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gaurish108
August 15th, 2010, 05:43 AM
I had a question about the 'ls' command.

My Desktop currently has only two files source.c and Makefile.

However when I type 'ls' in the terminal I see many file names in the list which are followed by a tilde. I remember some of them being old files I had created a couple of weeks back while being introduced to C . *(See below)


gtelang@Ubuntu-B-148-6:~/Desktop$ ls
attempts.c~ b.txt~ file2.c~ LWS.txt~ mango.c~ source.c~ tiger.txt~
attempts.txt~ column~ file3.c~ Makefile marathon~ test1d~ tree.txt~
a.txt~ file1.c~ hello.c~ Makefile~ source.c test.c~
gtelang@Ubuntu-B-148-6:~/Desktop$

What is the significance of this tilde sign? Do these deleted files still exist on some part of my computer? My trash can is empty by the way.


And more importantly how do I stop the 'ghost' filenames with ~ after them to stop showing themselves in the terminal

Finalfantasykid
August 15th, 2010, 05:53 AM
Yes that would usually mean that they are temporary files, most likely created by gedit or any other text editor. You can disable this in the properties of gedit.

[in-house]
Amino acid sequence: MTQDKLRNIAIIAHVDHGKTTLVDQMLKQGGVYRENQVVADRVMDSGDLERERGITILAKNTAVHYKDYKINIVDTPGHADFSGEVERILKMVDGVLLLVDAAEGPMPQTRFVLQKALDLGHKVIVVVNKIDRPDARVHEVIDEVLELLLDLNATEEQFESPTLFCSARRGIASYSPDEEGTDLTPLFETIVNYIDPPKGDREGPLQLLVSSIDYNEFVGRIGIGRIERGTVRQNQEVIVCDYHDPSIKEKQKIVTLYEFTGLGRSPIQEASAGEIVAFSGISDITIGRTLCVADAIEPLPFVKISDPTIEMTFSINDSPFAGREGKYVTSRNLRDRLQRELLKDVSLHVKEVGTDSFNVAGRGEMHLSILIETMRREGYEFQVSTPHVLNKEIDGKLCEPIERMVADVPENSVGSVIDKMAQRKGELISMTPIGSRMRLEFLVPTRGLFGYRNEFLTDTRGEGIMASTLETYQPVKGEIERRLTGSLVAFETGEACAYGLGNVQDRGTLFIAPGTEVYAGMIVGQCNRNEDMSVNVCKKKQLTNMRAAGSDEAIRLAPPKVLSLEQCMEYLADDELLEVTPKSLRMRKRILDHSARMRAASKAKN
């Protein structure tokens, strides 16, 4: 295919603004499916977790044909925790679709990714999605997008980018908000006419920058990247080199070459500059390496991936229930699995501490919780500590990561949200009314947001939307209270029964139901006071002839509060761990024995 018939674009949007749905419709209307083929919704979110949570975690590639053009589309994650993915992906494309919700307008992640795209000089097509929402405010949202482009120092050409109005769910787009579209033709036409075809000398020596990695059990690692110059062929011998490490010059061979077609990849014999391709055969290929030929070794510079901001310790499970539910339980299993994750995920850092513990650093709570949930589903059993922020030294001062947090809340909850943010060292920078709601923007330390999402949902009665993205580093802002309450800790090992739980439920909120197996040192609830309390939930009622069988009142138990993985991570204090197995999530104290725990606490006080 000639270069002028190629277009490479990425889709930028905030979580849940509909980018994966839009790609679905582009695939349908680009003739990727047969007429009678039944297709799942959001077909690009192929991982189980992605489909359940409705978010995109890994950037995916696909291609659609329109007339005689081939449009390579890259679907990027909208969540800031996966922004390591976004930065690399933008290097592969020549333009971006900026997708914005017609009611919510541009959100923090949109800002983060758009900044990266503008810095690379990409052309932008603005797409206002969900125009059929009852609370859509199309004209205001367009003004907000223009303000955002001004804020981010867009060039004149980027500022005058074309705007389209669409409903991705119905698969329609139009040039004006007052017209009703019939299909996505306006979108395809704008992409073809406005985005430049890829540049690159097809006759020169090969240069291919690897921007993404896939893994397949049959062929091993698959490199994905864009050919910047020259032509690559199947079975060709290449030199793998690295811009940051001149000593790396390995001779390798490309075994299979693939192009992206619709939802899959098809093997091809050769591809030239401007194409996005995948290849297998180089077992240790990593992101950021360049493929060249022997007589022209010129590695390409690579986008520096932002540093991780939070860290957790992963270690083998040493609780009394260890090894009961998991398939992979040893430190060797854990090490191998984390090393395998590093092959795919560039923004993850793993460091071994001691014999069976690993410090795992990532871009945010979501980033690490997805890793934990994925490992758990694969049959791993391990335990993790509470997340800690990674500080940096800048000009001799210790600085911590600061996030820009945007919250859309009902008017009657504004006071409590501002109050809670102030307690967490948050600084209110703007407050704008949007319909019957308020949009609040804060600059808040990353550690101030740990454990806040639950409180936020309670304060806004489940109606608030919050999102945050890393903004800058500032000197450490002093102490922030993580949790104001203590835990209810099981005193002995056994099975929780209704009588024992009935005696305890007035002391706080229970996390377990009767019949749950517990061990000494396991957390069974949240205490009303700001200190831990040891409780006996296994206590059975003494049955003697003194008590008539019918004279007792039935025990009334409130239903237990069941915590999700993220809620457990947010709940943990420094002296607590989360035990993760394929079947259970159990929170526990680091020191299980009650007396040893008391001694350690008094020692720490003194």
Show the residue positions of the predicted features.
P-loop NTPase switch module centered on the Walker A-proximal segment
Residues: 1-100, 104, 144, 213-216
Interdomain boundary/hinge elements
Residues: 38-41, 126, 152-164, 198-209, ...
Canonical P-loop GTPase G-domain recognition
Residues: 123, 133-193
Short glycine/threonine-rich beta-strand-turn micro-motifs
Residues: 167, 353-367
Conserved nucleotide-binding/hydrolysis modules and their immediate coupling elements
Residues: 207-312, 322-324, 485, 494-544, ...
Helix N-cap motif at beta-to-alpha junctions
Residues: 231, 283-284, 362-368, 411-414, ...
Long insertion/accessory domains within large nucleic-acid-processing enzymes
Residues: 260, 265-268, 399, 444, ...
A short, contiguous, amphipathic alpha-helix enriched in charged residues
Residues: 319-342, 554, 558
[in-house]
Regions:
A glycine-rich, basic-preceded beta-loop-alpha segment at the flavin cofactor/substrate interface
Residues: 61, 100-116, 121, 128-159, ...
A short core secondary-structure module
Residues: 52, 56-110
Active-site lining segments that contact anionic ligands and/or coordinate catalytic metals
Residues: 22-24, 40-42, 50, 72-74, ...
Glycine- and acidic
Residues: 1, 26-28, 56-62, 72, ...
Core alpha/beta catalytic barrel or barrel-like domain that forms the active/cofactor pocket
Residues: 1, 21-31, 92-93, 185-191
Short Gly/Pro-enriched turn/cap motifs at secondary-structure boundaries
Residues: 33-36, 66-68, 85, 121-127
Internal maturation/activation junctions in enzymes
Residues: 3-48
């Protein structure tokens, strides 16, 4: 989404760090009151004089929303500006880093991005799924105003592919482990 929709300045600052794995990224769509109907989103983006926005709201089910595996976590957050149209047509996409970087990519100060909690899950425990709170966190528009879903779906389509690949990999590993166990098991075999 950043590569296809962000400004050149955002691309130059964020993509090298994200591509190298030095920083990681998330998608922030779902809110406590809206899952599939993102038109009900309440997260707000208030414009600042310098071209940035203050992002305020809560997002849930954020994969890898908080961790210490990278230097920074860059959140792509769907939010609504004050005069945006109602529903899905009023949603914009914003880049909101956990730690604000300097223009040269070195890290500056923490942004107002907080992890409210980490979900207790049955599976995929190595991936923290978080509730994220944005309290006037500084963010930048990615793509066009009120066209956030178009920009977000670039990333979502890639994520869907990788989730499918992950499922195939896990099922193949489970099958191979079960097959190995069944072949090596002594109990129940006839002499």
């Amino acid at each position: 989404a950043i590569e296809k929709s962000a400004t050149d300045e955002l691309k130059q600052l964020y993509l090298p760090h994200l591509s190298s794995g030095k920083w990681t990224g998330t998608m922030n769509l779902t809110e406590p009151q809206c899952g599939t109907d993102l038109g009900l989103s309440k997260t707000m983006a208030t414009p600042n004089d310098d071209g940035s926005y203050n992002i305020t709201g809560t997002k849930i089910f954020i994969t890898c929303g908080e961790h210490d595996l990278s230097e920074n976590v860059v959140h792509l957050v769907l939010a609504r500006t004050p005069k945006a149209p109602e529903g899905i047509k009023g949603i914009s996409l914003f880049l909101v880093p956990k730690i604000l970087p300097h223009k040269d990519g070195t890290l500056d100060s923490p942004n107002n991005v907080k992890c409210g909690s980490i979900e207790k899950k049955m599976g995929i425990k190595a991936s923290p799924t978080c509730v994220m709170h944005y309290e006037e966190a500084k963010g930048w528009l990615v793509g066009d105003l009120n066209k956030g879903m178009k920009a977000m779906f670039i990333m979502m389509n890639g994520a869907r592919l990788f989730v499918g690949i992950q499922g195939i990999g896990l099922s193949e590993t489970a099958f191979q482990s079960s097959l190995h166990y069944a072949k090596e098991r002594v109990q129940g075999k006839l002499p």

gaurish108
August 15th, 2010, 06:01 AM
ooh thanks....but how do I disable the feature? My default text-editor is emacs.

And will disabling this feature be of any possible disadvantage in the future?

Finalfantasykid
August 15th, 2010, 06:04 AM
I found this http://blogs.sun.com/terrygardner/entry/disable_emacs_backup_files

And I don't think it will affect it really. If there is a crash, you might just lose a backup

amac777
August 15th, 2010, 06:10 AM
ls -B

will ignore those backup files. If you want that to be the default, you can modify your bash_rc to alias that ls command.


gedit .bashrc

Find the ls alias and change it to this:


alias ls='ls --color=auto -B'

gaurish108
August 15th, 2010, 06:44 AM
thanks, I guess that settles it.